5 Common Agile mistakes

Here are 5 common mistakes I have come to notice in organisations that use an Agile methodology. There is no particular order to these 5, just things I have observed along the way. Some small tweaks are usually all that is required to bring things back onto a better path.

1 Viewing Agile as process driven

More often than not you hear word like “we need to hone our processes”, “how do we fit that into our Agile process” or “we need to get better at following our processes”.

The whole agile movement isn’t a process thing, we had that with Waterfall. What is a process? Lets see what the definition is:

Process (definition)


Hmm, a series of actions or steps taken in order to achieve a particular end. Agile isn’t a prescriptive methodology, you can’t just follow steps and generate amazing bug free software. Agile is about the people, the individuals that make up the team and importantly the individuals and communication between the business. People often forget that there are 12 principles that accompany the Agile manifesto, they’re often overlooked and it seems more important to choose an ALM tool before really understanding the principles and spirit of agile.

Think of a Barista making coffee, they know and understand the temperature to pass through the coffee beans, they taste coffees to see what would be best to serve to customers, they understand the right levels of water, milk and froth to add to a coffee. We can all grab some instant coffee and tip some boiling water into the cup with a bit of red top in the mix but it just isn’t the same thing? I’ve tried making coffee with the same tools a Barista uses and I just don’t understand it to the level they do to make a great Latte.

2 Tooling for management and communication

There are some great ALM (Application Lifecycle Management) tools out there, all have their pros and cons and if used correctly and within the spirit of Agile can be extremely powerful and useful, automatic burn down charts, collaborating with offsite team members ect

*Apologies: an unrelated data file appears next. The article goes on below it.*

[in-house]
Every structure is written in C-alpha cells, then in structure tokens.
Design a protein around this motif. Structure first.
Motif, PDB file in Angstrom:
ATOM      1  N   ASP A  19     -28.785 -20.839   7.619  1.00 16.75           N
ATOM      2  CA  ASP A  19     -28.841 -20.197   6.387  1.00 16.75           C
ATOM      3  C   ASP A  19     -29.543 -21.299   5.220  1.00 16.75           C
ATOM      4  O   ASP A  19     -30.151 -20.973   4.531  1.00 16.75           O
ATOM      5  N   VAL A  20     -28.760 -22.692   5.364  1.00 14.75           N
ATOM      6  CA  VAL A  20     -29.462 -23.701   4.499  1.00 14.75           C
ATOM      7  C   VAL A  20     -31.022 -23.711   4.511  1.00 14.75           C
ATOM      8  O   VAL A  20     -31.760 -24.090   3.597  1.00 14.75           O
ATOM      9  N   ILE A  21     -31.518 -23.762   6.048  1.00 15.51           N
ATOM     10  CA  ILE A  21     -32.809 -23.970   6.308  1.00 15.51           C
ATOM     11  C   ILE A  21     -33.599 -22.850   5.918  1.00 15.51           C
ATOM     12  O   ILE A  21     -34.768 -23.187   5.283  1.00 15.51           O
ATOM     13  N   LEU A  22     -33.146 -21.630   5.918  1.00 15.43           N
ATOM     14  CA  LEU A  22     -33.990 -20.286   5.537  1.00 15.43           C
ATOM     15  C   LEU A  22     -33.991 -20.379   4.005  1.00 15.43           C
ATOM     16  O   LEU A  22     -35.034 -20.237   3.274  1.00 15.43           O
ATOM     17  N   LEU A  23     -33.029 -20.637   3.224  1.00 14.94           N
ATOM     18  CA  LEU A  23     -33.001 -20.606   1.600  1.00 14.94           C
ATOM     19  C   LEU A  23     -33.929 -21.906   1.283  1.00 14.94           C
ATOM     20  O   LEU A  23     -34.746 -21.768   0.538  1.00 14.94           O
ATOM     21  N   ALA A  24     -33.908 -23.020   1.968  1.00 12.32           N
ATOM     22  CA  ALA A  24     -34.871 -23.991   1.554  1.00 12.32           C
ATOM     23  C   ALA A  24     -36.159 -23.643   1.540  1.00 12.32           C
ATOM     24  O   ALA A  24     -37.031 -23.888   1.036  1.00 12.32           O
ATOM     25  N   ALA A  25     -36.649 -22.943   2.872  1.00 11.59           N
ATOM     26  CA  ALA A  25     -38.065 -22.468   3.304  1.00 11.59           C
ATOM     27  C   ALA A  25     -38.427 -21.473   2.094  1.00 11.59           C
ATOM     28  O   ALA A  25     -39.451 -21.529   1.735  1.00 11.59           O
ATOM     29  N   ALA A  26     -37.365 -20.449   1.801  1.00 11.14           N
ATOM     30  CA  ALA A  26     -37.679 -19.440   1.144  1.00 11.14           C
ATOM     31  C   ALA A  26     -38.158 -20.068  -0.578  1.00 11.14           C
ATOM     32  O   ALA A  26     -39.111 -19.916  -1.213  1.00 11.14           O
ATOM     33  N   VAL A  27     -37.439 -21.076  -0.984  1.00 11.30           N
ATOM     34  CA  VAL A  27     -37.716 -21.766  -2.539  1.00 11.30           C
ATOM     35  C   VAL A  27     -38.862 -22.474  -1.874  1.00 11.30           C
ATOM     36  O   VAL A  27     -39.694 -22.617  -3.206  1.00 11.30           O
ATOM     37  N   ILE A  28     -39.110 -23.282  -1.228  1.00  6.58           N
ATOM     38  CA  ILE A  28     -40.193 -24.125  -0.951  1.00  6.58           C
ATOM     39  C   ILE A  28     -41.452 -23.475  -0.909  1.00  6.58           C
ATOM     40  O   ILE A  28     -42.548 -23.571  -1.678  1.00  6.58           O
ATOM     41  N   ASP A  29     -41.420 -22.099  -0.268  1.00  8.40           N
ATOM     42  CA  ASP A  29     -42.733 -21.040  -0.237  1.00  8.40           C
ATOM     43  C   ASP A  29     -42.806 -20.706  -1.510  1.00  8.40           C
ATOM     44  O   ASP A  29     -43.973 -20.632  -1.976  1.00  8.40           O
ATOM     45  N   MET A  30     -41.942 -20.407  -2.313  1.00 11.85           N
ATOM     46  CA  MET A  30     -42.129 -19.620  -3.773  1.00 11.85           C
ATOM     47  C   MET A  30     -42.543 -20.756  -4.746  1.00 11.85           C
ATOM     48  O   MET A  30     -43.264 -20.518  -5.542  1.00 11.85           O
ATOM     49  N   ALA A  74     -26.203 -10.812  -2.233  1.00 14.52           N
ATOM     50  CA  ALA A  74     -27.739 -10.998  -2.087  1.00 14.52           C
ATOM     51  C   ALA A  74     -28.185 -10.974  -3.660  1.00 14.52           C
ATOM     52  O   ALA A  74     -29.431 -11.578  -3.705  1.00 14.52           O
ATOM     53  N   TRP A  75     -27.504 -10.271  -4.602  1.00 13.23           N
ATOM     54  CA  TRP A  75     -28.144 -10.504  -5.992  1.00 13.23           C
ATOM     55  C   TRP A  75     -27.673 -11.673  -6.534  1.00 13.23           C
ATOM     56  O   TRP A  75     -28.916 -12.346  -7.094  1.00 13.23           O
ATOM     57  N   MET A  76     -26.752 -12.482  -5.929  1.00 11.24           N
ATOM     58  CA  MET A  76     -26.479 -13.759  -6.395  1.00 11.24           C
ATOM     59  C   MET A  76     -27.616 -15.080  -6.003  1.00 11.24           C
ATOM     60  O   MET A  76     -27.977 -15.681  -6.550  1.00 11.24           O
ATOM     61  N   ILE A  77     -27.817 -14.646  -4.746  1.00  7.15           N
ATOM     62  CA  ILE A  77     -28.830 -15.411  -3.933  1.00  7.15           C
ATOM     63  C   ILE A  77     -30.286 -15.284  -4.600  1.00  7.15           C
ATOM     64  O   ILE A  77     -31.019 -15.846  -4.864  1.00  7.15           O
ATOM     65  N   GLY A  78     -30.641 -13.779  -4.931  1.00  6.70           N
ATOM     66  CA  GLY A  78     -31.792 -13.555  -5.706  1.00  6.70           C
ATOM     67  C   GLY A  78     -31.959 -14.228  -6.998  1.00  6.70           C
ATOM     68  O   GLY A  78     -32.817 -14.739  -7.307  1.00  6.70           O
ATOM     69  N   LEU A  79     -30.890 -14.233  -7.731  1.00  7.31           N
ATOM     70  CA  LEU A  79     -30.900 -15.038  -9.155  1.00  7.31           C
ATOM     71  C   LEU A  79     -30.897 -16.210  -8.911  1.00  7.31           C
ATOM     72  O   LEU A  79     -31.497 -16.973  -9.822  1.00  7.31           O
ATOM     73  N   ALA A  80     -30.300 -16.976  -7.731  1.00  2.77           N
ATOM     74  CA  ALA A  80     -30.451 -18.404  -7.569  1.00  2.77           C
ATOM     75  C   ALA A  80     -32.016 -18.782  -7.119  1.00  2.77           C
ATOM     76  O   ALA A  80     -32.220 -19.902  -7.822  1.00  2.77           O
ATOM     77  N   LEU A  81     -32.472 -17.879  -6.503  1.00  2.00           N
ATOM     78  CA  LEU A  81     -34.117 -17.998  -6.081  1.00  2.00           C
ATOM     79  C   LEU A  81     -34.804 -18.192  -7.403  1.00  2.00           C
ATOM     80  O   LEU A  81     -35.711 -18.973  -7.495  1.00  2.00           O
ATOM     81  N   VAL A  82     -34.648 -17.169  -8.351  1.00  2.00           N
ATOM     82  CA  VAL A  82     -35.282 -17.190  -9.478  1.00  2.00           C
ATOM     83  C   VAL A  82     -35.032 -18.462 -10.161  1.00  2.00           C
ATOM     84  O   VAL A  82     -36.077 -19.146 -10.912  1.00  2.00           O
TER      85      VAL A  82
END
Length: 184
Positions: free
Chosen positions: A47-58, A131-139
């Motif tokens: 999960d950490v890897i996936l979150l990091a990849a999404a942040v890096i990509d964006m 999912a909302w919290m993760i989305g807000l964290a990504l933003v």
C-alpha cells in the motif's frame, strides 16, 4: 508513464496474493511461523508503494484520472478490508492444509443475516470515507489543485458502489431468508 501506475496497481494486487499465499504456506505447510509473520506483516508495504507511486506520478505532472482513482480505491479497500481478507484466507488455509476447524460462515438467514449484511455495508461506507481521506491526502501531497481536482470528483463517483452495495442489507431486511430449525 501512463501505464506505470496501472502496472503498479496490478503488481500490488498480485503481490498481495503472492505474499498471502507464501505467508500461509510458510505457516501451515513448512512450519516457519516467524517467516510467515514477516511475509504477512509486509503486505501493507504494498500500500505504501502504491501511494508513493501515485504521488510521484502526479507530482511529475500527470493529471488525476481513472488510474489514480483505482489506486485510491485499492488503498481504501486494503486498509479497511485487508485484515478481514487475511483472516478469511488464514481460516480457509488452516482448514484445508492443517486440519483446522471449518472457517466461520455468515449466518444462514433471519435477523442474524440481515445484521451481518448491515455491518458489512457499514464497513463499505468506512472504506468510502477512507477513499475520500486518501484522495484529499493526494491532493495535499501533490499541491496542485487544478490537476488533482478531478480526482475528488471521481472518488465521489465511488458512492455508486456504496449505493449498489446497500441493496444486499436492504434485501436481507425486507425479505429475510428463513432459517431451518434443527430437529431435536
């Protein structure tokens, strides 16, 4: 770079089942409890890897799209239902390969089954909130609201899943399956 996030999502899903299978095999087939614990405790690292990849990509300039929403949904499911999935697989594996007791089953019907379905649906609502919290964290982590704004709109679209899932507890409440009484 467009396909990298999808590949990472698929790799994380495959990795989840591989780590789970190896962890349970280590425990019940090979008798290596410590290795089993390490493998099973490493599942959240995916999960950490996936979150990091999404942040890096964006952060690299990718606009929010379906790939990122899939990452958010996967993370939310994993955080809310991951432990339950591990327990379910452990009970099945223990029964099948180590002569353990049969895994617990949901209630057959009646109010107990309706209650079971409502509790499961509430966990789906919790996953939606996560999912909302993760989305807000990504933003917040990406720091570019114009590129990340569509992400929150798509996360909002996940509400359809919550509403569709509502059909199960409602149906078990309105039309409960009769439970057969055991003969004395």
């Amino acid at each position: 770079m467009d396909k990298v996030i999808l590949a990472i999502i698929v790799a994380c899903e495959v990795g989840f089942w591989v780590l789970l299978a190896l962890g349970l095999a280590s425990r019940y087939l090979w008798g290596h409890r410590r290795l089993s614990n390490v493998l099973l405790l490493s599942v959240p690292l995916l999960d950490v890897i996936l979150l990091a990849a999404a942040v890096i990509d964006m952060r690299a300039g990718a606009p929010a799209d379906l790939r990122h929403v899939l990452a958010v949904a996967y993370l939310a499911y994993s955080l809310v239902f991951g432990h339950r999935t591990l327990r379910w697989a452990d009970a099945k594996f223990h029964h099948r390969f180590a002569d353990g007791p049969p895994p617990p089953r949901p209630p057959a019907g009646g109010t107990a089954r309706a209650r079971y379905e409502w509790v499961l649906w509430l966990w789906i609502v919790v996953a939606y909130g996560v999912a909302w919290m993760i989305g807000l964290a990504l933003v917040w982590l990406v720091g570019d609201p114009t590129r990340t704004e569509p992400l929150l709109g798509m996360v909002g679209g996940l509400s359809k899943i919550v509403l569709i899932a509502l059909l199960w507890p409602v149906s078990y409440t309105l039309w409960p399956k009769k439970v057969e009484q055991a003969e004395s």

What happens in far too many instances though is that the tool becomes the process driver, the source of what everyone does. Its where people go to look for answers, its where people communicate instead of a face to face discussion.

Take something like Jira, out the box its very simple and comes setup nicely with minimal swimming lanes, story points for estimating and is nice and straight forward. This often ends up getting built into something bigger, more swimming lanes, epics used for grouping items, huge interrelated and nested tickets. Streams and streams of comments on tickets that could have been conversations (often out of date and go stale quickly)

Dont let this happen. Understand Agile, try one of the frameworks. Scrum is great, XP is really good…….. blend the too if you like, find out what works but really understand the principles and practices behind Agile before driving processes into your projects with a tool first approach (see first point).

3 Engineering Practices

Okay so you want to be Agile, we can get software out as quickly as possible feature after feature! Let go, lets go fast!!


You will soon get into trouble without unit tests, without automated UI tests. Design and analysis? Yes they are whole phases in Waterfall but in Agile you need to do these activities each sprint. Waterfall does all the analysis and design upfront at the point when you have the least information and knowledge about the product. With agile you need to do little bits of design, little bits of analysis and lots of testing each sprint.